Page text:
Two goats named Rocky and Trouble lived happily together as brothers. The two of them would constantly venture around the property and hang out with each other and their owners. Tragedy would strike the farm the next morning, for Rocky did not wake up from his slumber, which shattered Trouble’s heart. He could not go on without his brother. He spent the next few weeks alone in his stable, only getting up for food and drink. Soon, months flew by for Trouble, and he still had no one to play with.
Eventually, the owners had a surprise for Trouble — a new goat named Waffles would join the family farm. Waffles was very eager to meet Trouble and become friends; however, Trouble was very closed-minded about inviting a new goat to his already broken heart, and would seclude Waffles from everything a goat would normally do. The owners saw this, but did not know how to help him. It appeared that Trouble would never return to the goat he once was.
One day, to Waffles’ surprise, Trouble waddled outside to play with him. The two began to trot around the farm together, and slowly became best friends. Now the owners cannot separate the two goats from each other. Both Waffles and Trouble now live a trouble-free life together.
The tale of the three goats took place right at the Hudnall residence. Paige Hudnall is a senior tennis player, boutique operator and animal lover, as well as the Co-President of Revere’s chapter of Active Minds. She and her family own two goats, three cats, four dogs, four horses and tons of birds. Hudnall has owned numerous animals ever since she was born, as she said they have always been a part of her life. Hudnall described the lessons the animals taught her.
“I have grown up with animals all my life, and they taught me how to set my priorities. They are basically little children and I am the babysitter. So they have helped me a lot with being responsible,” Hudnall said.
One of Hudnall’s priorities is mental health. She and her friend Anna Freeman reached out to the guidance office to discuss a possible club for Revere High School that would raise awareness towards mental health. Together, they found Active Minds, which is a nationwide club that brings attention to mental well-being. Now Hudnall and Freeman are co-presidents of the group. Hudnall talked about what mental health means to her.
“I feel like people look down on mental health too much. They view it with a negative stigma, but to me, it is something that should be valued because that is how one grows and learns,” Hudnall said.
Animals can help balance mental health, according to Hudnall. Her first-hand experience with them makes her believe that they can improve one’s mental well being. This is what she had to say about the effect that animals have on mental health.
“I do think animals can help anyone’s mental health. No matter what happens, they give you the same love every single day. They are a best friend that never judges,” Hudnall said.
Freeman moved to the Revere district her freshman year. She immediately met Hudnall since the two had numerous classes together, and they became friends. Freeman talked about what makes Hudnall special.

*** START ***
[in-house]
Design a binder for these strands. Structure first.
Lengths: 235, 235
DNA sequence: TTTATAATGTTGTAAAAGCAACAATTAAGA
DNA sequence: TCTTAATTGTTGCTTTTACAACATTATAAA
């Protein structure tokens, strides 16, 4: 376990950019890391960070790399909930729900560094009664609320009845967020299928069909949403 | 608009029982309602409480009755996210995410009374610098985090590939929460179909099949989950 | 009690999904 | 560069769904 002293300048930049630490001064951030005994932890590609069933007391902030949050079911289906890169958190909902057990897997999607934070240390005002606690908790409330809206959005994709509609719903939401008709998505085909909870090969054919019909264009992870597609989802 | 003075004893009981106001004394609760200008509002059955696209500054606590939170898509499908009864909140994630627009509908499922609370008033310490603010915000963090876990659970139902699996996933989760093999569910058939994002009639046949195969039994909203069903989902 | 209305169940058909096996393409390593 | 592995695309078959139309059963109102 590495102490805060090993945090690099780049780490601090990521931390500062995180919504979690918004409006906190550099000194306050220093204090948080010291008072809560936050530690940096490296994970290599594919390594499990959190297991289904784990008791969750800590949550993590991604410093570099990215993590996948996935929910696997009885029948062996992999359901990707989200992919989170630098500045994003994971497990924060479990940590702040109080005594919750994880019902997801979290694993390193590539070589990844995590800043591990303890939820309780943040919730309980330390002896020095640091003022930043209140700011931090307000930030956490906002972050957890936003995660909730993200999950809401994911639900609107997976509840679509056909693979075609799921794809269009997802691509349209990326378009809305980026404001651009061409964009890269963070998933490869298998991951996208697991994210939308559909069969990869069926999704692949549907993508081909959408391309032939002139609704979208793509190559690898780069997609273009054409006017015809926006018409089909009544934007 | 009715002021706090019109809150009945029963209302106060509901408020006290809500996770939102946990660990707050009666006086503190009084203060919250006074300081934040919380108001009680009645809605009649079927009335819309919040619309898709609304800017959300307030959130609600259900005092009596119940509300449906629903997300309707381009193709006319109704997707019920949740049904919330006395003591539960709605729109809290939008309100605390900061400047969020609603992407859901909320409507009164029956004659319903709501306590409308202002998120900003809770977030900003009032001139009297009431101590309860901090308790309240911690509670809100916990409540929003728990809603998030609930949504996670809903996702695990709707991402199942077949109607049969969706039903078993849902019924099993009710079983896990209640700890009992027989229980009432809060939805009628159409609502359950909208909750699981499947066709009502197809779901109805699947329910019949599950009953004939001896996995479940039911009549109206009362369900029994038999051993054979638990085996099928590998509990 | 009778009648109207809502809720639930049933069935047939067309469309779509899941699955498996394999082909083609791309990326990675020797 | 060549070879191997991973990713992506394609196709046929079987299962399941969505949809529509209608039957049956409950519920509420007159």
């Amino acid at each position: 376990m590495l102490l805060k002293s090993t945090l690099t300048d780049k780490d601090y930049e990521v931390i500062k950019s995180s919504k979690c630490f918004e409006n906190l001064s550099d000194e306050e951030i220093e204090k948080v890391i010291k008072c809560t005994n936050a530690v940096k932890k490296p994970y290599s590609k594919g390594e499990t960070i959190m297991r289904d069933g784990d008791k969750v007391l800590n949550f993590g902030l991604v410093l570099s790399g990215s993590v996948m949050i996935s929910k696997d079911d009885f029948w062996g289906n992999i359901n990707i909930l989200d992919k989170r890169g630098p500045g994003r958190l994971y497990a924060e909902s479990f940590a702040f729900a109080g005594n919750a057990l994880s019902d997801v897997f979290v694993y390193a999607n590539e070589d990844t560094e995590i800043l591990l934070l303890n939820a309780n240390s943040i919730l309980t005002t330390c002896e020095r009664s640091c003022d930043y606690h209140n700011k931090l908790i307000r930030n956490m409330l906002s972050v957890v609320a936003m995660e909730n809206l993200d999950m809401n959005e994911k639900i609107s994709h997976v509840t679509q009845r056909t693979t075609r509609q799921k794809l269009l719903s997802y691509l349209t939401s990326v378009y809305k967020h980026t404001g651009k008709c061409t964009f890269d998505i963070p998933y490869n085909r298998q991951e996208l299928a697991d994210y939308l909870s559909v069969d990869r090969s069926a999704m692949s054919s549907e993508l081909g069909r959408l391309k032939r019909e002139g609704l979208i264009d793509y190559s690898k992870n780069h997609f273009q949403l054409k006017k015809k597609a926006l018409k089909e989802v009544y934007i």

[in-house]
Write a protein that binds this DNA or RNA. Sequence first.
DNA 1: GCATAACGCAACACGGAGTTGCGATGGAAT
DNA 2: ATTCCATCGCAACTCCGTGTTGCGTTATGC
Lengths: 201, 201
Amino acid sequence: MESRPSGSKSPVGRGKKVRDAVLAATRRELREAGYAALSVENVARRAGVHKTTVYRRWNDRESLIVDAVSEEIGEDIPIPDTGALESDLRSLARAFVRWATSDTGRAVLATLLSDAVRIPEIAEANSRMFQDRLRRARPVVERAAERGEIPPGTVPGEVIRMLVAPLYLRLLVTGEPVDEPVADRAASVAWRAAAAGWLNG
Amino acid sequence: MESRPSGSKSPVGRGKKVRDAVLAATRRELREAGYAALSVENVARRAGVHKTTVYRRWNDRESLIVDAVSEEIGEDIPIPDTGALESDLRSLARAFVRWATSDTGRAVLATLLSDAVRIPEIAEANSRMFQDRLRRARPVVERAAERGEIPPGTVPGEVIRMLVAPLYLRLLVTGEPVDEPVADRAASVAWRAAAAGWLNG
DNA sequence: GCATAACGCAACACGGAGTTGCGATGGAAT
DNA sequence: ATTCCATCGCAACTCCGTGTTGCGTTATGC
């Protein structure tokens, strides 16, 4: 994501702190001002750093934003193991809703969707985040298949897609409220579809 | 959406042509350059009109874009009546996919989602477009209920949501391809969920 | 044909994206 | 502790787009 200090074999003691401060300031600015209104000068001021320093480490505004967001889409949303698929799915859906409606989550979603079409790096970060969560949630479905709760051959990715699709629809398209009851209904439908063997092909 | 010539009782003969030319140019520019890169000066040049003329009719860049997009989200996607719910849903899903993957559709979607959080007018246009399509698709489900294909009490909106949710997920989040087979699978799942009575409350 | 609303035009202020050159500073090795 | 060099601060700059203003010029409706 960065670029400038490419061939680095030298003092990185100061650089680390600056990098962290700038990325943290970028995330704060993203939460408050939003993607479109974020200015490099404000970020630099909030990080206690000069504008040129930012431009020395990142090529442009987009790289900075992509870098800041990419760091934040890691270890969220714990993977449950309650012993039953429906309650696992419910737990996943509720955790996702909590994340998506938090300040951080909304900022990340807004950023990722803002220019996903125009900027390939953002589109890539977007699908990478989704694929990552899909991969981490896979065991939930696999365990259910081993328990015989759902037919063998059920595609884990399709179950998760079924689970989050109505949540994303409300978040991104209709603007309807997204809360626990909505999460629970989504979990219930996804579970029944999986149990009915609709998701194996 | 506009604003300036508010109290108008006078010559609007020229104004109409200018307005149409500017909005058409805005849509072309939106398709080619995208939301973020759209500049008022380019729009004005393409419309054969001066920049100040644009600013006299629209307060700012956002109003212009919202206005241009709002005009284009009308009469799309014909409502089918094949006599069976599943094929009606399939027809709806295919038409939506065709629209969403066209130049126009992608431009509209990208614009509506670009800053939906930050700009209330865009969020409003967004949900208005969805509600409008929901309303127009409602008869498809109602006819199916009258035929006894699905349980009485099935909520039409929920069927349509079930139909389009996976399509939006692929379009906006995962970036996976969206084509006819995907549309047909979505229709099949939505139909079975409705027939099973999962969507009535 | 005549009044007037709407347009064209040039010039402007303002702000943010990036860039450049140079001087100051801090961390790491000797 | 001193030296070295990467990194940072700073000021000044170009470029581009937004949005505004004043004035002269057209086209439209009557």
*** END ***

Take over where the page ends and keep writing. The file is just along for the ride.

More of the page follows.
“Her most valuable [personality trait] is that she is so thoughtful [to]others. She is so concerned about others and helps them through their problems. She has always been there for me, and she is a great person to talk to no matter the circumstance,” Freeman said.
High school counselor Emily Rion helped Hudnall and Freeman make their vision a reality. Rion was in the works of creating a mental health club before the two students had the idea, so when the both of them approached Rion she was ecstatic because it would make her idea a reality. Rion had this to say about Hudnall as a person.
“Normally I do not show people their letters of recommendation I have written for them; however, I sent her the letter because I wanted her to know how highly I think of her. She wrote me a very kind response, because that is the kind of person she is. She is an amazing human being,” Rion said.
Rion described Hudnall’s leadership qualities.
“Resilience is the number one aspect of Paige. In regards to who she is as a person, she is everything I would want for a leader. She is someone I would send my kids to for advice,” Rion said.
Hudnall is also a part of the women’s varsity tennis team. She said that she loved the team and enjoyed watching her teammates perform. Hudnall also had the opportunity to compete with her younger sister, which she talked about being an unforgettable experience.
“Playing with my sister was a moment I will always remember. It was awesome to see her fall in love with a sport that has been a large part of my life. She has been really committed to the game, so I cannot wait to come back and watch her continue to grow as a player,” Hudnall said.
Hudnall finished off with this message involving Active Minds.
“I think anyone, even if they do not struggle with mental health, should come and see what Active Minds is about. It is a great way to form a community with the school,” Hudnall said.
The value of mental health is emphasized by the story of the three goats. In their instance, Trouble coped with the death of his brother; however, Waffles was there to support Trouble as a friend. Even with animals, one can witness how keeping one’s mind-set positive is vital. To learn more about Active Minds, visit Rion’s room in the guidance office for more details.